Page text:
I don’t blame you for leaning into that a bit.  The behavior in different parts of the world and in our own country give us proof that it is “every man for himself.”  When you choose to live from this place of saving yourself first, you rule out any opportunity to contribute to the world in a capacity that is beyond you.

I don’t believe that we are placed on this earth to suffer or to become jaded by pain.  I believe that we are in “earth school” to reconnect with our origin self; the self that is connected to the highest good- our godliness; and in this godliness is goodness.

Just this morning I was waiting in line to purchase something.  I was in a bit of a rush and the clerk was an older woman who was moving slower than I had hoped.  I found myself becoming irritated and wishing that she would finish up faster so that I could get on my way.  And then, I thought of this blog post and I stopped in my tracks.

The very thing that I am sharing with you, is what I was being tested on in that line today.  The moment I connected the two, I immediately felt relieved that I didn’t have to be uptight anymore and that this sweet woman, behind the counter, was doing her best.  I took a breath and smiled at her and went on my way.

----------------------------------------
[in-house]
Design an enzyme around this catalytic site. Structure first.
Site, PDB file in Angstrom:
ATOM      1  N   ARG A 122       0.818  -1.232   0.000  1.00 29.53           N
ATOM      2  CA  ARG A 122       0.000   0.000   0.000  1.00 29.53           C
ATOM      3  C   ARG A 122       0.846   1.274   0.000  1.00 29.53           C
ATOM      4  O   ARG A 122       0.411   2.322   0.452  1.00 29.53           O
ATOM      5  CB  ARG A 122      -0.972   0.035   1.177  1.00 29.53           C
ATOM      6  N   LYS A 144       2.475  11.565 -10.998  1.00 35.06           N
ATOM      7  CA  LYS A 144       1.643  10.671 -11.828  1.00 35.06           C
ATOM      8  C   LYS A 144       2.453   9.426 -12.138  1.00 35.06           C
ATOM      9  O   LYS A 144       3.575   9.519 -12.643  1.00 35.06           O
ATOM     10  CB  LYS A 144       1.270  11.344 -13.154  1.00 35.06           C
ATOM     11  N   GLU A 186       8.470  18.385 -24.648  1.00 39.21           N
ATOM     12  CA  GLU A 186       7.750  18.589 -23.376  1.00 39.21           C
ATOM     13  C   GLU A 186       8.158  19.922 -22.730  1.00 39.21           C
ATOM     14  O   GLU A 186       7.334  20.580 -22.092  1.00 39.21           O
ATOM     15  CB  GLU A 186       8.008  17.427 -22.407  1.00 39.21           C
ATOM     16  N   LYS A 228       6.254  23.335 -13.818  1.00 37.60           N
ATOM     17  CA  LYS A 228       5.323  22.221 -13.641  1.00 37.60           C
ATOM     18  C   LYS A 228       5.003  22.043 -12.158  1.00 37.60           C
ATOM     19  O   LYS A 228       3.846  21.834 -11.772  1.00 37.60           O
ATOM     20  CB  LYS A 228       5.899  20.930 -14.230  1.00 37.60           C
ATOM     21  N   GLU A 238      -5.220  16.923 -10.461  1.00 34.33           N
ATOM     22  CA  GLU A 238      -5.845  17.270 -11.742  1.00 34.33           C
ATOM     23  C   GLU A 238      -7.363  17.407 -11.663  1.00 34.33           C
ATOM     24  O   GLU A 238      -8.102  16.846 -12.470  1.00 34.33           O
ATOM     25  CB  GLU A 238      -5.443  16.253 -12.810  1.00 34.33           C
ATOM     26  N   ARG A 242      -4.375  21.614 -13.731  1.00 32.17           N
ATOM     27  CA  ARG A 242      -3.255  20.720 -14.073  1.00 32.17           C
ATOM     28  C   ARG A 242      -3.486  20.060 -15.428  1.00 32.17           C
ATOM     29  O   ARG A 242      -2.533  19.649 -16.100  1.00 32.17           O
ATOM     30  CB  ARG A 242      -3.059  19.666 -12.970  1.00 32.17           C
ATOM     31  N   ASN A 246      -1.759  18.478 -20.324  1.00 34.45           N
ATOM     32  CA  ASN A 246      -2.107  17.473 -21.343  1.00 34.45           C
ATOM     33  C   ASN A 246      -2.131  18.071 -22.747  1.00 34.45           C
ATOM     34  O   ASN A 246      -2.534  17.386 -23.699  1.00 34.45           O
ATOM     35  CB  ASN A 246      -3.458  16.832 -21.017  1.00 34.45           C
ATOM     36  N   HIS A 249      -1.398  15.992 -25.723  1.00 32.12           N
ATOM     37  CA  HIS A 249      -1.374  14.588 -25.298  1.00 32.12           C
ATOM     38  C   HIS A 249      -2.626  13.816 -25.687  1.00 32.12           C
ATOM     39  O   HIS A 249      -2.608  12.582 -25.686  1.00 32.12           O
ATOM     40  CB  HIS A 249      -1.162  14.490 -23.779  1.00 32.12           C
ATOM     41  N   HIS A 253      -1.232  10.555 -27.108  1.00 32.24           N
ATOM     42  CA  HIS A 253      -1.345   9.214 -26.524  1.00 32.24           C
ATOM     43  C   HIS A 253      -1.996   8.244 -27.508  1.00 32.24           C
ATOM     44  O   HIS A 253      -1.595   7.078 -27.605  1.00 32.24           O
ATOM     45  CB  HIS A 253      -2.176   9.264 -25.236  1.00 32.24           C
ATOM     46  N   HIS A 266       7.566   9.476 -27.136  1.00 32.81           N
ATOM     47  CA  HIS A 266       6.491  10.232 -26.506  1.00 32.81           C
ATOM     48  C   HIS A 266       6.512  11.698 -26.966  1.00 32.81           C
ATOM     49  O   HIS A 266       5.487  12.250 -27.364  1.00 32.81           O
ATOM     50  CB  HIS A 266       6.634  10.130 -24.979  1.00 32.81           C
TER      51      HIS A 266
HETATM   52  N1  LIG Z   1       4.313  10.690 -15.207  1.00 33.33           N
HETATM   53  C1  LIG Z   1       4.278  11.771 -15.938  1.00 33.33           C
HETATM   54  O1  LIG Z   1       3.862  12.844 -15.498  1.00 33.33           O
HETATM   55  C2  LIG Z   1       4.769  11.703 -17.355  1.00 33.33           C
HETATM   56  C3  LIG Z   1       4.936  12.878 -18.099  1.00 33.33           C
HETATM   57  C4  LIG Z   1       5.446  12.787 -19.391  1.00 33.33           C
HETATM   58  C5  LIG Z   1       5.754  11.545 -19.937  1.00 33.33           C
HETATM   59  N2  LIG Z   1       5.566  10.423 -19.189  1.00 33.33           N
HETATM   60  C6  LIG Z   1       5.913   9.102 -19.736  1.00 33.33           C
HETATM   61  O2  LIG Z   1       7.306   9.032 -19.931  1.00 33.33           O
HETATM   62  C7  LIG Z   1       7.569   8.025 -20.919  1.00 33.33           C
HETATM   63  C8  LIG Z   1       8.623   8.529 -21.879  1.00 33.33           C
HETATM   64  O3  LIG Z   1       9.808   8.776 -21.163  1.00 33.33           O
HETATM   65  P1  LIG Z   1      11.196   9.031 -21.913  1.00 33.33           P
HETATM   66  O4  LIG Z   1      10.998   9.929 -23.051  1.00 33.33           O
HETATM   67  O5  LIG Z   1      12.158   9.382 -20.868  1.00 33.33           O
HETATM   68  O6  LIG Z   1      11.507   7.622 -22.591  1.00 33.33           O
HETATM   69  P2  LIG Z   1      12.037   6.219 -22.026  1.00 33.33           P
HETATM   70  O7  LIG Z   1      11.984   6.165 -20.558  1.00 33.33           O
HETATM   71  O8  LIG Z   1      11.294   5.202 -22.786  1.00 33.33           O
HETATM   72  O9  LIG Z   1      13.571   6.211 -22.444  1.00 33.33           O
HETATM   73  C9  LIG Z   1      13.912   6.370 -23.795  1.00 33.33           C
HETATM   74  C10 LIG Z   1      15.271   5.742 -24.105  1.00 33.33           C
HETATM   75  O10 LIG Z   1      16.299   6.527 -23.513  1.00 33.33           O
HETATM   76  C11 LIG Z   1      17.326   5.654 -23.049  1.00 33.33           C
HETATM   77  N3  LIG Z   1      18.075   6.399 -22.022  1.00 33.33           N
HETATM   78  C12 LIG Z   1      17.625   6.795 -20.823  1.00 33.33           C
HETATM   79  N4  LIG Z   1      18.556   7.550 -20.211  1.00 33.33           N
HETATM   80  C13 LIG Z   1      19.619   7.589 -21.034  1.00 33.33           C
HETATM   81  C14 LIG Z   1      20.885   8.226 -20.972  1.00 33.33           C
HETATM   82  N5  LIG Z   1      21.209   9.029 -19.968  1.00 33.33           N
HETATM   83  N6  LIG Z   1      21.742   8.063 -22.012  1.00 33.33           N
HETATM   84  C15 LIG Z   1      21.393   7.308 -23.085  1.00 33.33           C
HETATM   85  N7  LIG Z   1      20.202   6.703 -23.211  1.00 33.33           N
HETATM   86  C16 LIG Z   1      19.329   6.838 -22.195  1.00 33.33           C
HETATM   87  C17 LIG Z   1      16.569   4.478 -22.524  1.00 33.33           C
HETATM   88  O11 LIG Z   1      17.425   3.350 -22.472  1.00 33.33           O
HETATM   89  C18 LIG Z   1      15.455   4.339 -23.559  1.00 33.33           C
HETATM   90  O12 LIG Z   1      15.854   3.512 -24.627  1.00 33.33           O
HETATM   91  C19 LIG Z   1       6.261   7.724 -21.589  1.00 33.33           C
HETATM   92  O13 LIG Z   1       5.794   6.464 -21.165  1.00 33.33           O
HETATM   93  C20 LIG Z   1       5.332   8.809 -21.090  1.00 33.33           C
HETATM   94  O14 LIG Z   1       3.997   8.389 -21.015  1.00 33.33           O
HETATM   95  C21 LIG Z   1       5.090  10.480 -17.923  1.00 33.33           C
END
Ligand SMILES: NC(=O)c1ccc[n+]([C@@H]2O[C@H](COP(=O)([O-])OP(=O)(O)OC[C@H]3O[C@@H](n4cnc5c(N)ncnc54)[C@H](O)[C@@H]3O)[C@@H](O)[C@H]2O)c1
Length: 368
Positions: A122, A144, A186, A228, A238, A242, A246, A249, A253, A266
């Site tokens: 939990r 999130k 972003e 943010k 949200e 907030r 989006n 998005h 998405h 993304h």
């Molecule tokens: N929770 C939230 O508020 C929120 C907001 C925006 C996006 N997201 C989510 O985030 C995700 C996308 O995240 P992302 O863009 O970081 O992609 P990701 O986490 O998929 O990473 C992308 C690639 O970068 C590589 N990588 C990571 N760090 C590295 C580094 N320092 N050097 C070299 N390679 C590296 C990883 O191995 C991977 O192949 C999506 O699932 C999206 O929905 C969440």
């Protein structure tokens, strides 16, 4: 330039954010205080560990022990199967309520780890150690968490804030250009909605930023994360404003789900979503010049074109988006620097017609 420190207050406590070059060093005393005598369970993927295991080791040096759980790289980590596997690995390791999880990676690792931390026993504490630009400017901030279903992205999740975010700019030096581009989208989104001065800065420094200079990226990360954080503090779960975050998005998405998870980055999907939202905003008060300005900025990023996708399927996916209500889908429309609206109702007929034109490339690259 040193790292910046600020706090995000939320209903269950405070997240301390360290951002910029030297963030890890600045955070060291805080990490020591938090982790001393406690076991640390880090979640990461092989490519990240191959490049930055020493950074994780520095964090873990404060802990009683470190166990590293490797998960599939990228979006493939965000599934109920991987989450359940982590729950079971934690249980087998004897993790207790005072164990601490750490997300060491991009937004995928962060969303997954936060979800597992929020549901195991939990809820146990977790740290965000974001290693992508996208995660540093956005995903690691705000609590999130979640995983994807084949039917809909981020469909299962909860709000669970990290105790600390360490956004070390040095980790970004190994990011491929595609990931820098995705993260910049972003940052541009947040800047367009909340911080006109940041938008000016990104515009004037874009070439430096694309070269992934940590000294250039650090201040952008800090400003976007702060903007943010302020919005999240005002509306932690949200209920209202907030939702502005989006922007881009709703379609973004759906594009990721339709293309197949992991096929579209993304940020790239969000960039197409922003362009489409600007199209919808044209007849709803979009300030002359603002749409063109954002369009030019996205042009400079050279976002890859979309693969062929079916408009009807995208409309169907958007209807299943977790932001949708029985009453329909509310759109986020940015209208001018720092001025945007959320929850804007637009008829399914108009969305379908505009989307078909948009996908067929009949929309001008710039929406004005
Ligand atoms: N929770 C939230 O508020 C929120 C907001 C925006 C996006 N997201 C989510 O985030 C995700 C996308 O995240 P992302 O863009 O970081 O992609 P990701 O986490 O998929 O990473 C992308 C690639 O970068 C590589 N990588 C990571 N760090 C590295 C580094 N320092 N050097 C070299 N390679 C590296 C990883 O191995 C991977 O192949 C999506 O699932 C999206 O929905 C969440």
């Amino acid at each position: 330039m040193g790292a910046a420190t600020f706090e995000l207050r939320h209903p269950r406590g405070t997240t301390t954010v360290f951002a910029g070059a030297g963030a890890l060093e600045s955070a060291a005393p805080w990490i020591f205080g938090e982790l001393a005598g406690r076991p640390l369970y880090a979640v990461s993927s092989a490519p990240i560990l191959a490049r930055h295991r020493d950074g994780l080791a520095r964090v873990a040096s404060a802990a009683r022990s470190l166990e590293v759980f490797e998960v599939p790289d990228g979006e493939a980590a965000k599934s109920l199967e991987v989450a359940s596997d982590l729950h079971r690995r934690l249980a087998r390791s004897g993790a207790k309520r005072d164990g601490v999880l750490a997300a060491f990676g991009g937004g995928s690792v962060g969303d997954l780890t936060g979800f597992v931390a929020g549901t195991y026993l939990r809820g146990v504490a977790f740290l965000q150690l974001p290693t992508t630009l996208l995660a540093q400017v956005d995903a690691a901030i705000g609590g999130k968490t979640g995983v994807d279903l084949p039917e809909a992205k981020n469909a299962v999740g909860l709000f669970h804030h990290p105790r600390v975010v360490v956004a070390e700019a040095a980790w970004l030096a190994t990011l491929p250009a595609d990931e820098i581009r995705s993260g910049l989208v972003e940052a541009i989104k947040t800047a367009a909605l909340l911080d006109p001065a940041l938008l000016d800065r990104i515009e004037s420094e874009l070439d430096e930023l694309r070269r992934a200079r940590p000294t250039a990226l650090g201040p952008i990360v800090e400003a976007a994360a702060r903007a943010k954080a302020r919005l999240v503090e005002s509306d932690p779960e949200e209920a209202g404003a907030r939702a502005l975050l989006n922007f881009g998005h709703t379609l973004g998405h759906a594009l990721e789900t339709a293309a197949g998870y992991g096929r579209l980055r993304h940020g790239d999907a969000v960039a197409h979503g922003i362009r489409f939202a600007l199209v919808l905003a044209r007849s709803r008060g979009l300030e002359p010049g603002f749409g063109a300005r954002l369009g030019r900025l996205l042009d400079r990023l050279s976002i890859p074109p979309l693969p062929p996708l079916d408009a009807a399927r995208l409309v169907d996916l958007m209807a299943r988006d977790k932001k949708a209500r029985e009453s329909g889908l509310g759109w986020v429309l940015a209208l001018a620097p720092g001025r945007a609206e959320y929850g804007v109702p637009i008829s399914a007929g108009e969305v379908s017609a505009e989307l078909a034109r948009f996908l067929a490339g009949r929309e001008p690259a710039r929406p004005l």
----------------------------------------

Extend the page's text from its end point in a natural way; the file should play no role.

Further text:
The practice of kindness, compassion, and patience can be tested anywhere.   In an instant you can be transformed from a taker to a giver.  In an instant, you can spare someone the punishment of your inability to manage your frustration by taking a moment to pause and recognize the challenge before you;  in the face of an offense, an injustice, or an inconvenience, do you give into your immediate reaction of intolerance or do you choose to pause and step into your higher self, and practice kindess, compassion and patience?